Facebook's mood study: How you became the guinea pig

That controversial research into how posts affect users' emotions is just latest in a long line of privacy flaps -- and apologies -- for the social networking giant.

Seth Rosenblatt Former Senior Writer / News
Senior writer Seth Rosenblatt covered Google and security for CNET News, with occasional forays into tech and pop culture. Formerly a CNET Reviews senior editor for software, he has written about nearly every category of software and app available.
Ian Sherr Contributor and Former Editor at Large / News
Ian Sherr (he/him/his) grew up in the San Francisco Bay Area, so he's always had a connection to the tech world. As an editor at large at CNET, he wrote about Apple, Microsoft, VR, video games and internet troubles. Aside from writing, he tinkers with tech at home, is a longtime fencer -- the kind with swords -- and began woodworking during the pandemic.
Seth Rosenblatt
Ian Sherr
6 min read


When news spread over the weekend that Facebook had manipulated its news feed to study how social media posts affect people's emotions, the real surprise was that anyone was that surprised.

The study (PDF), published in the Proceedings of the National Academy of Sciences and conducted by Facebook researcher Adam Kramer, Jeffrey Hancock of Cornell University, and Jamie Guillory of the University of California at San Francisco, found that people tended to reflect the emotional state of their friends' posts.

So if your friends wrote happy posts, your posts in turn tended to be happier. Friends posting about a bad day at work would tend to bring you down.

The disclosure triggered a sharp backlash and elicited an attempt by Facebook to seek forgiveness -- one in a long line of mea culpas the company has issued over the years. Yet anyone paying close attention to the boilerplate disclaimers that tech companies regularly publish might have seized upon a couple of seemingly innocent-sounding phrases tucked away in the company's data use policy that spoke volumes.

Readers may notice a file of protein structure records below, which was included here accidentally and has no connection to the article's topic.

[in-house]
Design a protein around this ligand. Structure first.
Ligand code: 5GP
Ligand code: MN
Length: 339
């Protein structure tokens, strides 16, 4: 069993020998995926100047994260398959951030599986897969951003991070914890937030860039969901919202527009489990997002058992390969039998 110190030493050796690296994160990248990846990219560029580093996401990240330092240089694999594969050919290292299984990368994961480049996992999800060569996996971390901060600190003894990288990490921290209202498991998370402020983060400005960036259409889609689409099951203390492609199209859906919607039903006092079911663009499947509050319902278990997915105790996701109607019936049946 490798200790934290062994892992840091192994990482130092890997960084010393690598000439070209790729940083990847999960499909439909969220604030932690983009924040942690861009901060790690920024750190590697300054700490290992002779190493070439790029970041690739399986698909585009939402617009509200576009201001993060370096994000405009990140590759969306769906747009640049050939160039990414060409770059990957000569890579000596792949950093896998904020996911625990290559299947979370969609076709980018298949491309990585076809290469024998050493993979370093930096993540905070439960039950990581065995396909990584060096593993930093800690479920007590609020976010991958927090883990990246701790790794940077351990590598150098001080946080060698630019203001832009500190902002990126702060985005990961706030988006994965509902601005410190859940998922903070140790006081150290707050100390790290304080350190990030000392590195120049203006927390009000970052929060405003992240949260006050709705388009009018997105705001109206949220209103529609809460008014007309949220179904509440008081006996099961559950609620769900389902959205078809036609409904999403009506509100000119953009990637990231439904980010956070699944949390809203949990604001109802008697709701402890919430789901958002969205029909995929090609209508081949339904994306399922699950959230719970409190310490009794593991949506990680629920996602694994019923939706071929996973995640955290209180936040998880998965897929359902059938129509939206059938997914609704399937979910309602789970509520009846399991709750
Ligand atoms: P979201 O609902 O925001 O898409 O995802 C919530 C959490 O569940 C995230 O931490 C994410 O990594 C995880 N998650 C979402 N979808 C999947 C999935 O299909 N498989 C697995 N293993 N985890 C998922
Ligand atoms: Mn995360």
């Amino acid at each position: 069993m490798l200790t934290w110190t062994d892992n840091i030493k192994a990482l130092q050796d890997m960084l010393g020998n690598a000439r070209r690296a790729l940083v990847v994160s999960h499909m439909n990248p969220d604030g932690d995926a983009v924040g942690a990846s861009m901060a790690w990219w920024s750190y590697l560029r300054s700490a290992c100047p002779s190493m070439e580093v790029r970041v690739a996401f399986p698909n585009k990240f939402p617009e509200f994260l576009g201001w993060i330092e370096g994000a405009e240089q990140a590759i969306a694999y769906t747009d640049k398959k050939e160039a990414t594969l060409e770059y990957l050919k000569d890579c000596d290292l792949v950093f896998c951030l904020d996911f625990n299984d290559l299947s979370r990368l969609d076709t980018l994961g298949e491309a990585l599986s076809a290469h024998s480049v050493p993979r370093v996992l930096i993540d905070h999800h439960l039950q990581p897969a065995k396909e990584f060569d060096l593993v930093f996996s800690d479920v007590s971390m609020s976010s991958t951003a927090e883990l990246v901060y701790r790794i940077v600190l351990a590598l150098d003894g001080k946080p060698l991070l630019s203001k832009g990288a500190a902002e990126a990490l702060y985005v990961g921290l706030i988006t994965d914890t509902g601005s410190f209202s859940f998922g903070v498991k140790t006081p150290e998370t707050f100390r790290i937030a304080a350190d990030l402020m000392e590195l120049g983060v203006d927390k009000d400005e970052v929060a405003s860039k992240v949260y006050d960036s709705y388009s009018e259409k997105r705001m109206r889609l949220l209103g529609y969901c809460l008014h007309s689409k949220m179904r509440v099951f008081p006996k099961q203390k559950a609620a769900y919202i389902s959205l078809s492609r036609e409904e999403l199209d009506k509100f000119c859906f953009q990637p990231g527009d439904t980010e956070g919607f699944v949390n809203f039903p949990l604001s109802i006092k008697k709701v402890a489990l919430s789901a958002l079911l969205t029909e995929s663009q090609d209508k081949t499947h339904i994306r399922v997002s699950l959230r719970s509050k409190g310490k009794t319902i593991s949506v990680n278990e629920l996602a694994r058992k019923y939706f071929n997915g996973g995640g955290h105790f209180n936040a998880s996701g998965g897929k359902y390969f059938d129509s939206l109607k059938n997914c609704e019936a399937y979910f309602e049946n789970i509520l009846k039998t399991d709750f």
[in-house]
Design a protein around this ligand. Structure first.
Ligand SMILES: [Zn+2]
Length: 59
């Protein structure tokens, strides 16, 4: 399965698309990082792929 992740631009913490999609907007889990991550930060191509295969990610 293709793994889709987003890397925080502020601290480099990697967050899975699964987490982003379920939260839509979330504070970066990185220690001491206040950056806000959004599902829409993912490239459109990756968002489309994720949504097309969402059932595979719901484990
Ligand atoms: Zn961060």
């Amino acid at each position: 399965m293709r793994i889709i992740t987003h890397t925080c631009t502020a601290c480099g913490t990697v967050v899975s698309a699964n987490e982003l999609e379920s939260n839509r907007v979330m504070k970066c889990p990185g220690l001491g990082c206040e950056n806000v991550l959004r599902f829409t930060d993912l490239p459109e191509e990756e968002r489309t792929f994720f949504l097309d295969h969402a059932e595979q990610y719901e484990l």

Among other things, Facebook says quite clearly in the published document that it might use the information it gathers from people on its social network "for internal operations, including troubleshooting, data analysis, testing, research and service improvement."

The tandem phrases "data analysis" and "research" appear to be unique to Facebook's user legalese. They do not appear in Google's terms of service and privacy policy, while "research" does appear in Yahoo's privacy policy but not its terms of service. LinkedIn is open in its privacy policy about the research it conducts on its users.

Google and Yahoo did not respond to a request for comment on whether they perform similar research on their users.

Line crossed?

However, privacy advocates warn that use agreements are carefully worded by design.

"There is no word in any privacy policy that is not there for a reason. If something is missing, then it's missing for a reason," said Brian Pascal, an attorney and privacy researcher at the University of California Hastings College of Law in San Francisco. He added that while there may or may not be a "practical impact" by Facebook's specific policy phrasing, "it's certainly interesting."

"It's one thing for Facebook to A/B test some advertising structure," he said, referring to internal tests that websites frequently conduct to determine what resonates with visitors -- some people see one set of ads, some see another. "It's another to tweak their News Feed to manipulate [users'] emotional state."

That goes to the heart of the latest argument about whether Facebook crossed a red line. It's one thing to test whether Facebook users search more, thus generating more revenue, when presented with more or fewer links. For many people, though, it's quite something else when the company tests whether users' emotional state can be altered artificially.

Carey Sebera, an attorney who's worked on Facebook privacy cases, said that while the research may not have violated the law or even the company's own policies, Facebook ought to have been more ethical. She voiced concerns raised by other critics when she noted that legal documents don't necessarily equate with morality and that something that's legal isn't necessarily ethical.

Responding to the blowback, Kramer posted a brief response defending the project as one of many attempts by Facebook "to provide a better service" and "never to upset anyone."

"Nobody's posts were 'hidden,' they just didn't show up on some loads of Feed," he wrote on Sunday.